The GRE Verbal section is obsessed with having you fill in blanks. Overall, the Text Completion and the Sentence Equivalence questions, each heavily based in vocabulary, comprise a full 50% of your Verbal score. The difficult vocab words can be intimidating, but not to worry: we’re here with some GRE Sentence Equivalence tips to get you started.
GRE Sentence Equivalence: What Is It?
The Text Completion looks a lot like the standard ‘fill in the blank’ questions you might have seen in the past: a single sentence or a short paragraph that may have one, two, or three blanks, indicating a missing word. For each blank, you have to choose the most appropriate word from among five answer choices (for a 1-blank question) or three answer choices (for a 2 or 3-blank question).
The Sentence Equivalence question, however, is a little different from the Text Completion. You’re given a sentence with just one blank, indicating a single missing word, followed by six answer choices. Your job is to pick not one but two answer choices that fit the context of the sentence. In other words, the two chosen answers must create equivalent sentences if placed side by side.
And here’s the annoying part: as with all questions on the GRE that involve multiple parts, you have to get each part correct in order to get credit for the question! There is no partial credit, and this is the feature that complicates things. What follows are some tips and strategies that can make this thorny question-type a whole lot more manageable.
GRE Sentence Equivalence Tip 1: Vocab, Vocab, Vocab!
Yes, folks, it’s time to break out those flashcards and begin the vocabulary routine. Since both the Text Completion and Sentence Equivalence questions are heavily vocabulary-based and since the reading passages also involve challenging vocabulary, a formal review of challenging vocab should be an integral part of your GRE preparation, especially if you are on a long-term plan. Aside from deducing the meaning of the words, however, there are some meaningful strategies that should accompany your knowledge of words.
GRE Sentence Equivalence Tip 2: Beware the False Pair of Synonyms!
As we said, your job is to pick a pair of answer choices that create two equivalent sentences, and those two words will often be synonyms in the context of the sentence. Careful, though: the test usually includes a second pair of synonyms among the answers that do not quite (but may almost) fit the sentence.
GRE Sentence Equivalence: Example 1
Though Simmons was characterized as ______ for his readiness to adapt to unexpected changes in his routine, this week he seemed utterly resistant to the unforeseen circumstances that awaited him.
[ ] heterogeneous
[ ] pliant
[ ] variegated
[ ] didactic
[ ] obsequious
[ ] malleable
If Simmons is ever ready to adapt, then he is very flexible when it comes to change. Thus, the best pair of answers is pliant and malleable. Notice, however, how heterogeneous and variegated (both meaning “made up of various components”) are present among the answers to distract us. They are not too far from the meaning we’re looking for, and are themselves synonyms.
Sentence Equivalence Tip 3: Beware the Fake Cousin!
Another key GRE Sentence Equivalence tip: in addition to the correct pair of exact synonyms, there may be a third answer choice that is similar in meaning to the other two, but not quite the same.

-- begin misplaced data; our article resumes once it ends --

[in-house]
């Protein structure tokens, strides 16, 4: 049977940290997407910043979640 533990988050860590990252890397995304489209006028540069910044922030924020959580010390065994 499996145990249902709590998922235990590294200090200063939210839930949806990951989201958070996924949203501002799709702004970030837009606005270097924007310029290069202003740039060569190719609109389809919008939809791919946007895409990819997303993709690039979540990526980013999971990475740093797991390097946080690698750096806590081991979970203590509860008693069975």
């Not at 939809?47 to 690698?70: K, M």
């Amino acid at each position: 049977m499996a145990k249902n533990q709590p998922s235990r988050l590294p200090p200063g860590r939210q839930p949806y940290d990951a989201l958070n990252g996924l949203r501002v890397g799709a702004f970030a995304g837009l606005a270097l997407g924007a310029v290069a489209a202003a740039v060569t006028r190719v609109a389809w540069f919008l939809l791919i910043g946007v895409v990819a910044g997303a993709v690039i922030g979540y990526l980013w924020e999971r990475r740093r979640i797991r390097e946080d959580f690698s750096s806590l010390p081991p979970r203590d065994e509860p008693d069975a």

GRE Sentence Equivalence: Example 2
Tom Shelby’s appraisal of the new senators as “the most feckless morons in the history of Congress” was too _____ even for his most sycophantic acolytes.
[ ] impressive
[ ] immoderate
[ ] forceful
[ ] resplendent
[ ] intemperate
[ ] abstruse
Clearly, Mr. Shelby’s appraisal is quite extreme and seems to go too far, even for his most brown-nosing followers. The correct pair of synonyms should be immoderate and intemperate, but notice that forceful is not way off the mark, and it remains there as a trap because it does not quite mean extreme, which is what the correct answer pair conveys. Forceful is a close cousin to extreme (not to mention that it’s an easier word too!) but not quite the same.
Sentence Equivalence Tip 4: Plug in Your Own Word and Use “+” , “-”
And one of the most important GRE Sentence Equivalence tips: since there will often be difficult vocabulary words in the sentence itself and among the answer choices, you should focus on plugging in your own word based on the context of the sentence. If an exact word eludes you, try using positive or negative, and then eliminate accordingly.
GRE Sentence Equivalence: Example 3
The moderator of the debate decried the _____ exhibited by both participants, rightly claiming that such hateful rhetoric had no place in civilized discourse.
[ ] myopia
[ ] virulence
[ ] resistance
[ ] clemency
[ ] acrimony
[ ] disharmony
If you don’t know all the words in the answer choices, focus on the question itself. There’s a reference to the “hateful rhetoric” of the debate, so let’s plug in a word like “nastiness” and also note that we’re looking for something negative. Resistance and disharmony are both negative but clearly not quite the right kind of negative to fit the “hateful” part. Eliminate them. Clemency is something positive, so eliminate. Now we’re left with myopia, virulence, and acrimony—three difficult words, two of which must be the right answers. You’re ready to take a guess and move on! Virulence and acrimony, both meaning bitterness, are the right answers.
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